A free lecture by activist/scholarAngela Davis brought a crowd of over 1,000 to Shryock Auditorium at Southern Illinois University-Carbondale on Thursday, February 13, 2014. Angela Yvonne Davis is remembered as a communist who was fired from UCLA in 1970, and for being on J. Edgar Hoover’s Ten Most Wanted List before being tried and acquitted in connection with the Soledad brothers’ murder trial. She continues her activism today as the founder of Critical Resistance, an organization working to abolish what she calls the prison-industrial complex.
After the crowd stopped applauding and sat down, I felt as if I were in a college class, listening to an excellent professor. Angela Davis is retired from the University of California at Santa Cruz. It was a pleasure to hear her share her knowledge and elegant thinking process.
Professor Davis made the point, at the very beginning of her lecture, that although there are those who say we should stop talking about slavery, which is in the distant past, in fact we had slavery in the United States for longer than we have not had slavery. She also talked about the various forms of racism that have persisted, in particular in our prison system.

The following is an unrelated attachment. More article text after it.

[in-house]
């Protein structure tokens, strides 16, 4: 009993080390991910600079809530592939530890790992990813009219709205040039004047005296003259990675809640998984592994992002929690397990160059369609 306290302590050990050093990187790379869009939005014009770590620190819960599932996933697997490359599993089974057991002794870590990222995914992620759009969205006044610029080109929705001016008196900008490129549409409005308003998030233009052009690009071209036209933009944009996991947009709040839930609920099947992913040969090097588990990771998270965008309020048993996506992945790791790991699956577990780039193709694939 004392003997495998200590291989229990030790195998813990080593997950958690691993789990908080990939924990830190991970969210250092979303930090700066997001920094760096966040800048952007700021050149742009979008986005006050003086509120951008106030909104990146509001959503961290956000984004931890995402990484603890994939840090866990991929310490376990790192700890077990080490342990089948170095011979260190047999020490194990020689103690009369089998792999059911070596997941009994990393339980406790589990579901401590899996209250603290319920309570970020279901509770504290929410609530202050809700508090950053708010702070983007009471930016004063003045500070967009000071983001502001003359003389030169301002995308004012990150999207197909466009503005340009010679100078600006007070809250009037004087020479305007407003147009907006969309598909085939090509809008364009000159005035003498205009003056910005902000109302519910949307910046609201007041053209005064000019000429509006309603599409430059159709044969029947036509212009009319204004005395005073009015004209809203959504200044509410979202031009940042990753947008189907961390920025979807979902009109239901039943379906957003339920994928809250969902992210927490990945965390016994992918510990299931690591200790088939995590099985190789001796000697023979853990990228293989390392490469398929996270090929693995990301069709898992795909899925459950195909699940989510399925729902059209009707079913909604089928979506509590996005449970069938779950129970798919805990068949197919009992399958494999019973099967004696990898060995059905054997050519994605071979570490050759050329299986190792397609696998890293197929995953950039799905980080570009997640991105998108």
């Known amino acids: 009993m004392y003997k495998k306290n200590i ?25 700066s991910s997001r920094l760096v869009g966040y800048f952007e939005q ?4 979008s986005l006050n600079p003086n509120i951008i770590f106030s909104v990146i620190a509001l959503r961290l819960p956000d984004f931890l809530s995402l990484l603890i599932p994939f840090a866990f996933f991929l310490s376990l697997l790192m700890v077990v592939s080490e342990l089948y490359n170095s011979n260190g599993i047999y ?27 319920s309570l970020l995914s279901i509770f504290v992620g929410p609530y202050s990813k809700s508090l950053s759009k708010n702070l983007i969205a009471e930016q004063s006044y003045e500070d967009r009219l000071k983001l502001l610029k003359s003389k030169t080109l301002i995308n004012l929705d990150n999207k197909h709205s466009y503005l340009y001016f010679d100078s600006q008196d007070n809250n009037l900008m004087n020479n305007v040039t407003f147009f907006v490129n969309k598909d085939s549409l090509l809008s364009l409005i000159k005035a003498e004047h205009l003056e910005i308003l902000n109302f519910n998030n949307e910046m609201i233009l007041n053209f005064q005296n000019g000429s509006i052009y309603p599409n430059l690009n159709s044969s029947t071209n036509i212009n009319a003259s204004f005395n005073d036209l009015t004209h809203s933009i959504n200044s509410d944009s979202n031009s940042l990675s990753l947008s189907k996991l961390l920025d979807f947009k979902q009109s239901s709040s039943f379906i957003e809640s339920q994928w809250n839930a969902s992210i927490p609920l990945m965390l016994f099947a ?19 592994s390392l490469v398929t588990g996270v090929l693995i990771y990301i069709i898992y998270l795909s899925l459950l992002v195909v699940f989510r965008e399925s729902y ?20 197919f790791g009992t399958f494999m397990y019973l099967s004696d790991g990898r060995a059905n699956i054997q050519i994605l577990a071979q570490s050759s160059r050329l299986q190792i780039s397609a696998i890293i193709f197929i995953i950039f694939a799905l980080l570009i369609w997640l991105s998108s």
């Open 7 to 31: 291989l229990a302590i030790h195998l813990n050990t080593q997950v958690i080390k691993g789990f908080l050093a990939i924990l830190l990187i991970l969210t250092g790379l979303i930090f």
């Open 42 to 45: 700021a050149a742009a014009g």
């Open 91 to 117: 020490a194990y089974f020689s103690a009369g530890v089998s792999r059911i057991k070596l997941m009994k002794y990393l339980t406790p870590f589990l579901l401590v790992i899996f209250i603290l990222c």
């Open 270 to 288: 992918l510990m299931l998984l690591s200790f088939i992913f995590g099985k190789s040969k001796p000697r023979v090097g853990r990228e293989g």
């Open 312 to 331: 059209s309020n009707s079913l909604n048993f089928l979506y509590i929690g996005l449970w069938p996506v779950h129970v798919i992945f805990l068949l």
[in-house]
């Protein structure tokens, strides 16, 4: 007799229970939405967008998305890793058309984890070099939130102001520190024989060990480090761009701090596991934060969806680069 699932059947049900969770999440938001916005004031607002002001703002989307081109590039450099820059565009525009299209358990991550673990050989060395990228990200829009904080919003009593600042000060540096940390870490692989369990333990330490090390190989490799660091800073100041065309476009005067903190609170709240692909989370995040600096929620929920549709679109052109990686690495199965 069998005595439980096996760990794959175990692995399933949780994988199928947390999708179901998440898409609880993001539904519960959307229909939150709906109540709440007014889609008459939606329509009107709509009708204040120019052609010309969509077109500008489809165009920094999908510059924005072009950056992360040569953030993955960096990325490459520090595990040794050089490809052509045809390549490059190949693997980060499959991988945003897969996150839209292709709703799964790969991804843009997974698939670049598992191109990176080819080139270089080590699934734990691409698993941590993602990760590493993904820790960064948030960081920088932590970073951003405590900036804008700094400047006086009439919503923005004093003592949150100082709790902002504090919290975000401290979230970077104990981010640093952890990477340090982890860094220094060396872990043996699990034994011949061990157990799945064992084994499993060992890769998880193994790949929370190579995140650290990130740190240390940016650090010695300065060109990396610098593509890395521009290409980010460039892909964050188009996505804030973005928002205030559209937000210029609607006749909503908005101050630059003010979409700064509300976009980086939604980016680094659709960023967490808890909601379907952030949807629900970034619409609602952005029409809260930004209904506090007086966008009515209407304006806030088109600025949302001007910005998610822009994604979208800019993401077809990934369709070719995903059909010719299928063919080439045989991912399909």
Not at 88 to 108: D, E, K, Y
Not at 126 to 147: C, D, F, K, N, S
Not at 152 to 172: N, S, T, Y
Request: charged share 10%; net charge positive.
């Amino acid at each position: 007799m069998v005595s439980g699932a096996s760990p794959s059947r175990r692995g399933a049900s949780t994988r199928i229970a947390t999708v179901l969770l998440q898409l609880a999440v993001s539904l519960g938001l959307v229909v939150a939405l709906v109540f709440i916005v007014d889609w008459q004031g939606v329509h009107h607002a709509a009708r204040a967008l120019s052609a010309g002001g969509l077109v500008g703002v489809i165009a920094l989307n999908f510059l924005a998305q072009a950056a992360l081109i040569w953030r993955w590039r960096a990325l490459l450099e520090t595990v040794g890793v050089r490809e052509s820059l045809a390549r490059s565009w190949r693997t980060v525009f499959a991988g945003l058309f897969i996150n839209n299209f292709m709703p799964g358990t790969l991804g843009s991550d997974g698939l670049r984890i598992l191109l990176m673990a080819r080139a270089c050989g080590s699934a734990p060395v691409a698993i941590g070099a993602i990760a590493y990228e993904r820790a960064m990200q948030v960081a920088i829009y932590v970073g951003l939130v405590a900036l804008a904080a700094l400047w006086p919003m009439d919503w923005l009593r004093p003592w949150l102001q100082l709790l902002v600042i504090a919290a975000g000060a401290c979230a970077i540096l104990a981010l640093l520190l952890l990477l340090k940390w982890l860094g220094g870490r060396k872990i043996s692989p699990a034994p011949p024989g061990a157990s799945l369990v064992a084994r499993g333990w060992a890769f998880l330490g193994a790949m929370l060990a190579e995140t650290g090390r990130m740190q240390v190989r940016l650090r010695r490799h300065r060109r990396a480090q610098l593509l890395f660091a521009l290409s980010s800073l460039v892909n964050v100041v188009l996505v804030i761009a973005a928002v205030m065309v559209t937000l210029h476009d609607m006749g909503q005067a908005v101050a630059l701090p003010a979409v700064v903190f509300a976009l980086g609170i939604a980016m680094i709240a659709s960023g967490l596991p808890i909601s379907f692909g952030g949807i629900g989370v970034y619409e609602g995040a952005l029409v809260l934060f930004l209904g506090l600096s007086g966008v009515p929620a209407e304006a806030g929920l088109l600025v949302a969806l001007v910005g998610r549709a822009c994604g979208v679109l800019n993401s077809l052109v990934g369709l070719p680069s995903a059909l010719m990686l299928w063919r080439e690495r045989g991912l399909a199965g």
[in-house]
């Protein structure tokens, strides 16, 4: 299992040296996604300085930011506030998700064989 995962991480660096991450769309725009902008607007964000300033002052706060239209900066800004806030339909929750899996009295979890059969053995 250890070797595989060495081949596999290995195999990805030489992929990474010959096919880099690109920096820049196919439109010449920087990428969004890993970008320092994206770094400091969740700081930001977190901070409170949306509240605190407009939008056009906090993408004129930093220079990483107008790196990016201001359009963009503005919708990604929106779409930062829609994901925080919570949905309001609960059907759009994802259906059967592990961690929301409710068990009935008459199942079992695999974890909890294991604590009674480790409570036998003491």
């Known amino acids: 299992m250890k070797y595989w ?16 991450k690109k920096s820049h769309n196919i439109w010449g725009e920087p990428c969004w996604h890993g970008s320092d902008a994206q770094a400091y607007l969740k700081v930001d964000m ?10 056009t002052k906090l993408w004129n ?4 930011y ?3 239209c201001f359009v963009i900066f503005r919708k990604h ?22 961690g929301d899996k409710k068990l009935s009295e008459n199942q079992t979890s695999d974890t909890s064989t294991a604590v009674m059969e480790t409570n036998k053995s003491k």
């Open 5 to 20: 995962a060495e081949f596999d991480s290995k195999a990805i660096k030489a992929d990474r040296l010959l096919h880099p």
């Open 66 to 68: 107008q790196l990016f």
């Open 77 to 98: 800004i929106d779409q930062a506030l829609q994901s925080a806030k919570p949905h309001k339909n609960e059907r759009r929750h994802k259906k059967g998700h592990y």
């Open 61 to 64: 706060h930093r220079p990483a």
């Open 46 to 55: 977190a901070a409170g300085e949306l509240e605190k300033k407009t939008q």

Angela Davis cited a number of books and authors during her talk, including:
Douglas Blackmon, Slavery by Another Name: The Re-Enslavement of Black Americans from the Civil War to World War II (2008)
The writings of W.E.B. DuBois (1865-1963)
Milfred C. Fierce, Slavery Revisited: Blacks and the Southern Convict Lease System, 1865-1993 (1994)
David M. Oshinsky, Worse Than Slavery: Parchman Farm and the Ordeal of Jim Crow Justice (1997)
Matthew J. Mancini, One Dies, Get Another (1996)
Alex Lichtenstein, Twice the Work of Free Labor: The Political Economy of Convict Labor in the New South (1996)
Michelle Alexander , The New Jim Crow: Mass Incarceration in the Age of Colorblindness (2011)
Robert Christensen, Texas Tough: The Rise of America’s Prison Empire (2010)
Beth Ritchie, Arrested Justice: Black Women, Violence, and America’s Prison Nation (2012)
Davis wove references to these books and authors into her lecture in a natural way, suggesting the deep impression they have made on her own thinking. The audience applauded when she said that knowledge doesn’t always come from the Academy; it often comes from people who are doing things out in the world.
Author Angela Y. Davis’s own books include:
Women, Race, and Class (1983)
Women, Culture and Politics (1990)
Are Prisons Obsolete? (2003)
Abolition Democracy: Beyond Empire, Prisons and Torture (2005)
With Robin D. G. Kelley, The Meaning of Freedom: And Other Difficult Dialogues (2012)